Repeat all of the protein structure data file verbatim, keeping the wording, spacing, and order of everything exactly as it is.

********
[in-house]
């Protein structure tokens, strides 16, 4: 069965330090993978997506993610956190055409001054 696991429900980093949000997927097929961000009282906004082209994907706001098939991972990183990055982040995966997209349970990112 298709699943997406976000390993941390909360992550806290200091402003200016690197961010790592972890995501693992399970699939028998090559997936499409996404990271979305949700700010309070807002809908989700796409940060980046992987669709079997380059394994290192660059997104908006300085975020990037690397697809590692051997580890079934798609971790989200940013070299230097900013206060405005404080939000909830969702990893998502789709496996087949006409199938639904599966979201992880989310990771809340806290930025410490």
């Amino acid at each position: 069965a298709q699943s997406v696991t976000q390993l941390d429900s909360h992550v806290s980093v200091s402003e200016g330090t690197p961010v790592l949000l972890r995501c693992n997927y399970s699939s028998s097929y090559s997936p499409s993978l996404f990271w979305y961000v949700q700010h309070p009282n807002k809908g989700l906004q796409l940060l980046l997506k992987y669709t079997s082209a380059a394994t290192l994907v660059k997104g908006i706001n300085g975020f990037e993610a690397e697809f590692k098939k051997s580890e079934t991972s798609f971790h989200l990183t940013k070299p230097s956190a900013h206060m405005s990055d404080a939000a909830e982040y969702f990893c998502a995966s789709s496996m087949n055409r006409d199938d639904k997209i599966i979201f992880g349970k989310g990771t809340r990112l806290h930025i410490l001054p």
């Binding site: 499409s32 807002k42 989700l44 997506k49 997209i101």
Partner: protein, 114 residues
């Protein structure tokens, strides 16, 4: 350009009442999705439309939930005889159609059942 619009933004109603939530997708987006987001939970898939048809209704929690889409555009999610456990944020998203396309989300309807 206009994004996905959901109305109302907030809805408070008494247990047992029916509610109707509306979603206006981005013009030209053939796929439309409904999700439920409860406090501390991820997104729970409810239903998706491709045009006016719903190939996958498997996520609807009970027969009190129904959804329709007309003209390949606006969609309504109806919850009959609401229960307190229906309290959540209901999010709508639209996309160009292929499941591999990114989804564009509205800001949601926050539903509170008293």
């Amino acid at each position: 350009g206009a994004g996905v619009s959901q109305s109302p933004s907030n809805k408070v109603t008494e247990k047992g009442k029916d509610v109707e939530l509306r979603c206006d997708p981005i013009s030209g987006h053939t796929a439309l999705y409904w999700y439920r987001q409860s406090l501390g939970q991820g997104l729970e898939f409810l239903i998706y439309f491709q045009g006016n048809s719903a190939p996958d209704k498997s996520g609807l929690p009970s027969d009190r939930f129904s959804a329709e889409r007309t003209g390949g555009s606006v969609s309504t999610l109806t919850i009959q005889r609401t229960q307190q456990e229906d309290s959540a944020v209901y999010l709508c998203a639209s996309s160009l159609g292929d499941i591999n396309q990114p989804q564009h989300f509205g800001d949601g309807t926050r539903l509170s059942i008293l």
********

[in-house]
């Protein structure tokens, strides 16, 4: 069965330090993978997506993610956190055409001054 696991429900980093949000997927097929961000009282906004082209994907706001098939991972990183990055982040995966997209349970990112 298709699943997406976000390993941390909360992550806290200091402003200016690197961010790592972890995501693992399970699939028998090559997936499409996404990271979305949700700010309070807002809908989700796409940060980046992987669709079997380059394994290192660059997104908006300085975020990037690397697809590692051997580890079934798609971790989200940013070299230097900013206060405005404080939000909830969702990893998502789709496996087949006409199938639904599966979201992880989310990771809340806290930025410490």
């Amino acid at each position: 069965a298709q699943s997406v696991t976000q390993l941390d429900s909360h992550v806290s980093v200091s402003e200016g330090t690197p961010v790592l949000l972890r995501c693992n997927y399970s699939s028998s097929y090559s997936p499409s993978l996404f990271w979305y961000v949700q700010h309070p009282n807002k809908g989700l906004q796409l940060l980046l997506k992987y669709t079997s082209a380059a394994t290192l994907v660059k997104g908006i706001n300085g975020f990037e993610a690397e697809f590692k098939k051997s580890e079934t991972s798609f971790h989200l990183t940013k070299p230097s956190a900013h206060m405005s990055d404080a939000a909830e982040y969702f990893c998502a995966s789709s496996m087949n055409r006409d199938d639904k997209i599966i979201f992880g349970k989310g990771t809340r990112l806290h930025i410490l001054p």
């Binding site: 499409s32 807002k42 989700l44 997506k49 997209i101």
Partner: protein, 114 residues
């Protein structure tokens, strides 16, 4: 350009009442999705439309939930005889159609059942 619009933004109603939530997708987006987001939970898939048809209704929690889409555009999610456990944020998203396309989300309807 206009994004996905959901109305109302907030809805408070008494247990047992029916509610109707509306979603206006981005013009030209053939796929439309409904999700439920409860406090501390991820997104729970409810239903998706491709045009006016719903190939996958498997996520609807009970027969009190129904959804329709007309003209390949606006969609309504109806919850009959609401229960307190229906309290959540209901999010709508639209996309160009292929499941591999990114989804564009509205800001949601926050539903509170008293």
């Amino acid at each position: 350009g206009a994004g996905v619009s959901q109305s109302p933004s907030n809805k408070v109603t008494e247990k047992g009442k029916d509610v109707e939530l509306r979603c206006d997708p981005i013009s030209g987006h053939t796929a439309l999705y409904w999700y439920r987001q409860s406090l501390g939970q991820g997104l729970e898939f409810l239903i998706y439309f491709q045009g006016n048809s719903a190939p996958d209704k498997s996520g609807l929690p009970s027969d009190r939930f129904s959804a329709e889409r007309t003209g390949g555009s606006v969609s309504t999610l109806t919850i009959q005889r609401t229960q307190q456990e229906d309290s959540a944020v209901y999010l709508c998203a639209s996309s160009l159609g292929d499941i591999n396309q990114p989804q564009h989300f509205g800001d949601g309807t926050r539903l509170s059942i008293l």